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  • We know that in the 2nd century A.D., when the steppes were dominated by the Sarmatae, the majority of the barbarian names in the inscriptions of Olbia, Tanais, and Panticapaeum were Iranian, and can infer that the Sarmatae spoke an Iranian language.

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  • Presumably, therefore, the Scyths also spoke an Iranian dialect.

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  • But of the Scythic words preserved by Herodotus some are Iranian, others, especially the names of deities, have found no satisfactory explanation in any Indo-European language.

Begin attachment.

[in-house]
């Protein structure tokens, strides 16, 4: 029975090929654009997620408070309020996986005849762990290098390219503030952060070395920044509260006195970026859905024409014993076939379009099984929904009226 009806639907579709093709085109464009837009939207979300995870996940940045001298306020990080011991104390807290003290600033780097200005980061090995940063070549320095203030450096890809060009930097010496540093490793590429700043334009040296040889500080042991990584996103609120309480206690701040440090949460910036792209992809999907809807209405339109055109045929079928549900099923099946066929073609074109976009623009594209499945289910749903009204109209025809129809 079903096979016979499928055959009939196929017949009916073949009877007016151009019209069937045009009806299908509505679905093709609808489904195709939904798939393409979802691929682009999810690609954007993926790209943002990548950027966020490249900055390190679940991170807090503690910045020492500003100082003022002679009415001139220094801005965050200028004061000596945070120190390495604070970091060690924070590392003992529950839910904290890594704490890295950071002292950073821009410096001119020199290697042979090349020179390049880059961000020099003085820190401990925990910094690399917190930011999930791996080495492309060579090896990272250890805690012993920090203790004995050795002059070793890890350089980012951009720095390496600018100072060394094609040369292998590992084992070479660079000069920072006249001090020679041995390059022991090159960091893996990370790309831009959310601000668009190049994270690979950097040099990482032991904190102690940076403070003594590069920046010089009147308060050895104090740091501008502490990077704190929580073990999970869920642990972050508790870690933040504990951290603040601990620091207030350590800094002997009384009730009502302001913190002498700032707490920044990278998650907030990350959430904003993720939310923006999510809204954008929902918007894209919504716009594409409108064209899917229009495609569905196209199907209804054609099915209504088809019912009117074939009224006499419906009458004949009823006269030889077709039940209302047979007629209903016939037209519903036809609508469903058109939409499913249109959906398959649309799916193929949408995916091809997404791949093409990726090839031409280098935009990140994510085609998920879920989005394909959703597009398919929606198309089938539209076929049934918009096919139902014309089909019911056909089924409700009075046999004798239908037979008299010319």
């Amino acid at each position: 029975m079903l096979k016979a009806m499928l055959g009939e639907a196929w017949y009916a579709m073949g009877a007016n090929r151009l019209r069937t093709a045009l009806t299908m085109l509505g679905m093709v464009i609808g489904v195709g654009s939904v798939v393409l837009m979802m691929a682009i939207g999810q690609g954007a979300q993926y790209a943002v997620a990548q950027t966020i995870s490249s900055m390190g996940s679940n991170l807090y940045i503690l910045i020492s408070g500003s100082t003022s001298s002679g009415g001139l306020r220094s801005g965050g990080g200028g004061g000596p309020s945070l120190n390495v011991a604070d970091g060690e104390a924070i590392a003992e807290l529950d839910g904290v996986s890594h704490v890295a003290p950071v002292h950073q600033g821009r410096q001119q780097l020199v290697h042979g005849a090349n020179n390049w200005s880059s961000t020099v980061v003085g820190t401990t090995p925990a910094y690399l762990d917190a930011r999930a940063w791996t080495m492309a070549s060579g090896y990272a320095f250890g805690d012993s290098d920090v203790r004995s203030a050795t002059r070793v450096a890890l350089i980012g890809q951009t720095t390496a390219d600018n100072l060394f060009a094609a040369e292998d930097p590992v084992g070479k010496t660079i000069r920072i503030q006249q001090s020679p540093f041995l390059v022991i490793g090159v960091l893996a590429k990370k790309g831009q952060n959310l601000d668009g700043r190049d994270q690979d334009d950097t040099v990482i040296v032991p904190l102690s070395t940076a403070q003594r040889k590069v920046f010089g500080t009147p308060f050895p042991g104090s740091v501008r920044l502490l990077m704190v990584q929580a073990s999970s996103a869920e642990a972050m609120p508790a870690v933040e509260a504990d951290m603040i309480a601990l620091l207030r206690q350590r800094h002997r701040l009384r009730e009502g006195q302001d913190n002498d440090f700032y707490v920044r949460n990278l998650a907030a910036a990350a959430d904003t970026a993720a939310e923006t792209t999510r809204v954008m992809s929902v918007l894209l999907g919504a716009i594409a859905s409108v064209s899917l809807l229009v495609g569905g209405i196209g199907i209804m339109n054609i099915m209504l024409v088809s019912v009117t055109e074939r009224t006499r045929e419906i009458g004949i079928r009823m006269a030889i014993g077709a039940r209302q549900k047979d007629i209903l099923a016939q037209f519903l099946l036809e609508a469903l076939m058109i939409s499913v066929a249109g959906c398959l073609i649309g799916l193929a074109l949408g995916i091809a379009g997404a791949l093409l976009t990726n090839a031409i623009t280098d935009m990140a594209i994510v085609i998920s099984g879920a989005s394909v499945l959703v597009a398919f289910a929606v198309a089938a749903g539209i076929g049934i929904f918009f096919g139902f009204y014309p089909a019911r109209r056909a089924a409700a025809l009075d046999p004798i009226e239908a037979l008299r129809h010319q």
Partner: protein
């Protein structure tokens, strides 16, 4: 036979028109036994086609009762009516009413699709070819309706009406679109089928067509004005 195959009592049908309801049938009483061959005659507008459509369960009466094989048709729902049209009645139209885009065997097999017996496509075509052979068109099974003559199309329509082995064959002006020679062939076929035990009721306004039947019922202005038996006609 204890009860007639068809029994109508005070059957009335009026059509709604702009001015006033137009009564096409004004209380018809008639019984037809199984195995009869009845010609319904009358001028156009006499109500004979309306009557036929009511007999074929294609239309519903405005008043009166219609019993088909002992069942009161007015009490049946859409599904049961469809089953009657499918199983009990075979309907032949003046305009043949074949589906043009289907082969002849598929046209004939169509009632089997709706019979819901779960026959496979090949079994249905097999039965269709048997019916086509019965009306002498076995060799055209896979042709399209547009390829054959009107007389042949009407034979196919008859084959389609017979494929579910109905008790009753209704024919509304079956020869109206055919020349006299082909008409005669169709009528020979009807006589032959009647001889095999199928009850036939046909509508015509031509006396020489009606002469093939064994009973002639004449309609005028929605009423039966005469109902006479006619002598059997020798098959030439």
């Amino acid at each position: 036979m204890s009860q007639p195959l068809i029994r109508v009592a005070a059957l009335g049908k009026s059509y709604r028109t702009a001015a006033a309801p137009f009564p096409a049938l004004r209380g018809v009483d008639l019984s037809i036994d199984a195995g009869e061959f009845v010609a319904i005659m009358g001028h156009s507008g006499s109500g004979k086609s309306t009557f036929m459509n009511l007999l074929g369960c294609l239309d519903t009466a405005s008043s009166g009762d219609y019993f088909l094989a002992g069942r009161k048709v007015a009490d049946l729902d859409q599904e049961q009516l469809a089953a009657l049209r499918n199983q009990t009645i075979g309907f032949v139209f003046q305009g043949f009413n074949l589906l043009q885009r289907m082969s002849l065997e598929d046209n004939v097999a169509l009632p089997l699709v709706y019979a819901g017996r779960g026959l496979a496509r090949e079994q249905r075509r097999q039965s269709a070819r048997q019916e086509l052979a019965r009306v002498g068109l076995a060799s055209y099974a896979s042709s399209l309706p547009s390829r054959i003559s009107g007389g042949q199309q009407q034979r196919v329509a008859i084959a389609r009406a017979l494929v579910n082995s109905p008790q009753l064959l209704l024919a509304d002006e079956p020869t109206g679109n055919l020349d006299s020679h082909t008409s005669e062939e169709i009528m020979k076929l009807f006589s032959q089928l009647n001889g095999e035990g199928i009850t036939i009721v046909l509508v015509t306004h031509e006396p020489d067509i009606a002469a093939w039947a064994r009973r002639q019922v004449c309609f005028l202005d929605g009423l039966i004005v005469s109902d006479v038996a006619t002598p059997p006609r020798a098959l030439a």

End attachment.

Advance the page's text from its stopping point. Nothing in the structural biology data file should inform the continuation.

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  • Nevertheless, the general opinion has been that the Scyths were Iranian.

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  • The settled Scythians would be the remains of this Iranian population, or the different tribes of them may have been connected with their neighbours beyond Scythian dominion - Thracian Getae and Arimaspi, Slavonic Neuri, Finnish Androphagi and such like.

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  • The Cimmerians who preceded the Scythians used Iranian proper names, and probably represented this Iranian element in greater purity.

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  • In this story the names make sense in Iranian, the tribes are not again mentioned except when this passage is copied, the objects are hardly such as would be held sacred by nomads, the form of ordeal is to be paralleled in Iranian legends, and the people say themselves that they are not really Scythae.